Mickey Edwards: Patrick Henry's Speech is an Anniversary Worth Noting





[Mickey Edwards spent 16 years in Congress and 16 years teaching at Harvard and Princeton. He is a director of The Constitution Project and wrote Reclaiming Conservatism.]

On March 23, 1775, Patrick Henry rose in St. John's Church in Richmond, Virginia and, aware of the risks inherent in undertaking a rebellion against the British crown, chose the principle upon which he would stand. "Give me liberty," he said, "or give me death."

It was not a rhetorical flourish. Rebellion was treason and the penalty for treason was precisely that: death. Patrick Henry and his fellow rebels, Washington and Jefferson, the Adamses, Madison and Franklin, in declaring their independence from the British monarch, put everything -- their reputations, their possessions, their very lives -- on the line for the right to live as free men, governing themselves, no longer bound by distant and arbitrary rule. Patrick Henry may have been a bit more of a firebrand than some, his speeches a counterpart to Thomas Paine's writing, but he was merely putting into words the thoughts that ran through Nathan Hale's head, and George Mason's, and Benjamin Rush's.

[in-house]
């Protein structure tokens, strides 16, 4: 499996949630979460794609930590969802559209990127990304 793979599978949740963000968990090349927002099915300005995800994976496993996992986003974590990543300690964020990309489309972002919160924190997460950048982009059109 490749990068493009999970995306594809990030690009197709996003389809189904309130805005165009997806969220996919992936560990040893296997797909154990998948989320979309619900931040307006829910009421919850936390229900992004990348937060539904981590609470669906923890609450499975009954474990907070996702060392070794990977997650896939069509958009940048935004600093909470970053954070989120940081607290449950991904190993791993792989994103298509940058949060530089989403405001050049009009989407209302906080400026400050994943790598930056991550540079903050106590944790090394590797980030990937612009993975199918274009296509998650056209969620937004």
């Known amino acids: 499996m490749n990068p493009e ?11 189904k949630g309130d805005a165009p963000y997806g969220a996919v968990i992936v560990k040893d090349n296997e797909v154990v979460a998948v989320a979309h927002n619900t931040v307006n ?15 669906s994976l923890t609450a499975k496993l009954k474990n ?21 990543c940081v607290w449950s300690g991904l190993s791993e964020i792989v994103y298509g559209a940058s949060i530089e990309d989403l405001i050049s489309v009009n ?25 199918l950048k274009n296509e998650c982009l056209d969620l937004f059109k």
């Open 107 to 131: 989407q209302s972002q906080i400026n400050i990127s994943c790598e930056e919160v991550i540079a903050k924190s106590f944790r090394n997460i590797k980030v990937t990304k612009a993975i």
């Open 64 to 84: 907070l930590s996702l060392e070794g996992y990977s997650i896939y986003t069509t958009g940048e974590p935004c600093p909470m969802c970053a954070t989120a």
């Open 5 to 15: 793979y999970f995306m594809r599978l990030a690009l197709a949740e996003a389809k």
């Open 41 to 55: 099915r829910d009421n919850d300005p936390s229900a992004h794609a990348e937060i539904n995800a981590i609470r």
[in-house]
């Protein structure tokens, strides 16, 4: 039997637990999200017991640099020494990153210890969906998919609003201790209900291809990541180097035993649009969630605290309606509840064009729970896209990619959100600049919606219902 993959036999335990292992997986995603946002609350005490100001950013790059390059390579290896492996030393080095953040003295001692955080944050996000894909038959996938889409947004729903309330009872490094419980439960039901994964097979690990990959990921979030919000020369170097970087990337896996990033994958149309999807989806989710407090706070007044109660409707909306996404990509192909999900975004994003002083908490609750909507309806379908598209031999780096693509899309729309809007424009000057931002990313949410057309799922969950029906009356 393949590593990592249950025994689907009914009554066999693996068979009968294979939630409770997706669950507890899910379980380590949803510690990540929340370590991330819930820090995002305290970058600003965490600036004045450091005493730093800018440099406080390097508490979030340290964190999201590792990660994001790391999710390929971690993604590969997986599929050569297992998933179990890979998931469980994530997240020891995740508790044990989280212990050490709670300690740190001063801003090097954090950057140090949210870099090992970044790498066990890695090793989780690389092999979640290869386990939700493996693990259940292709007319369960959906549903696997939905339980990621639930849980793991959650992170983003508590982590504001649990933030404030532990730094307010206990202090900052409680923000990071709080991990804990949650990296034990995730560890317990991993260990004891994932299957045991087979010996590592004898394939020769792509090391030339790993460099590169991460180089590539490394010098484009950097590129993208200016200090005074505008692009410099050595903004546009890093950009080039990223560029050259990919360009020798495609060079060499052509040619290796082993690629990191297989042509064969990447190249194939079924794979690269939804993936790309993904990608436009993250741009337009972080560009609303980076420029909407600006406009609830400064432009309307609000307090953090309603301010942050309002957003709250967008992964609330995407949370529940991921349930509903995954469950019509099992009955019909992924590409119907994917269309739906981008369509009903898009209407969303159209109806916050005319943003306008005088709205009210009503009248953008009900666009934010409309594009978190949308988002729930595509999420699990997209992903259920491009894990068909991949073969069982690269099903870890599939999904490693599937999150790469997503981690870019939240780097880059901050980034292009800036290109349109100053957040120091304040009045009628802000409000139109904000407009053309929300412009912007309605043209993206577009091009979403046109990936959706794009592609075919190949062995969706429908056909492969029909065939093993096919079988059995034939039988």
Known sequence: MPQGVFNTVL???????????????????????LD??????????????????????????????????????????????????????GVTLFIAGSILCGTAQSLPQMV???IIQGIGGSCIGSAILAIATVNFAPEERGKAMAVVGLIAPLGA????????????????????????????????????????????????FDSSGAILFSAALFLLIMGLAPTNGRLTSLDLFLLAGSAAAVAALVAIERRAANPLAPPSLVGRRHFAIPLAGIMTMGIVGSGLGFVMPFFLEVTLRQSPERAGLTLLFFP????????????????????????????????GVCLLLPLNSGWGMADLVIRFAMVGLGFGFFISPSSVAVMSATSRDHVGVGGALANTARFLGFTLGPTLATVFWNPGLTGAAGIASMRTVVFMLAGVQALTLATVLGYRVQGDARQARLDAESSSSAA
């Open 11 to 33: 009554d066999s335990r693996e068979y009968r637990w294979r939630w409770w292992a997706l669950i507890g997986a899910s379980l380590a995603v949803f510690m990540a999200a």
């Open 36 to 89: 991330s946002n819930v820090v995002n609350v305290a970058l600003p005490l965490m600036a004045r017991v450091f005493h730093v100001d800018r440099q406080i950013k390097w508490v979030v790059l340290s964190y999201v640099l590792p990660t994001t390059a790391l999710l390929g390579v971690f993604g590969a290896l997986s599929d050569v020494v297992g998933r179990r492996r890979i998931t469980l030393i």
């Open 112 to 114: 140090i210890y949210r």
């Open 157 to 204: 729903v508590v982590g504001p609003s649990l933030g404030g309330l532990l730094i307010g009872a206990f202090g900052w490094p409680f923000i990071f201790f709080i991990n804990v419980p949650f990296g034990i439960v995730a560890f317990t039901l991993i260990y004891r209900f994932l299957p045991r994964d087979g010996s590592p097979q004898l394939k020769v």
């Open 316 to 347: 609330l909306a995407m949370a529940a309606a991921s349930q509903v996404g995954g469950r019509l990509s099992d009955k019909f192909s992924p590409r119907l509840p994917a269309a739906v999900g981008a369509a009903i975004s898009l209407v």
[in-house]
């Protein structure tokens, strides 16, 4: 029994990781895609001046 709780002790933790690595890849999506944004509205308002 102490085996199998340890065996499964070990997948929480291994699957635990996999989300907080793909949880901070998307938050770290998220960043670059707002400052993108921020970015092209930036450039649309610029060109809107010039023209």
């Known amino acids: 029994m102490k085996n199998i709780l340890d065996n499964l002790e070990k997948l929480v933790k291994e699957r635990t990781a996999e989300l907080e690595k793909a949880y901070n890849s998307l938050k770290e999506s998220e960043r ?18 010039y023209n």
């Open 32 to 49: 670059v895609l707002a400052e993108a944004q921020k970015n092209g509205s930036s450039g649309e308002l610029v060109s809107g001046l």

Americans today are caught up in conflicts great and small -- how much authority to give to government, how to square guaranteed rights with the imperatives of security, how much taxation is too much (even when imposed by one's own representatives) -- but in each case, these are decisions we make, collectively, as we see the need....

...Patrick Henry said it best: liberty is our common heritage and it is a blessing preserved only by vigilance. July 4 has its meaning (independence) and September 17 has its legacy (a constitutional framework for self-government). And March 23 has its lesson, too: free men and women remain free only by commitment and effort.



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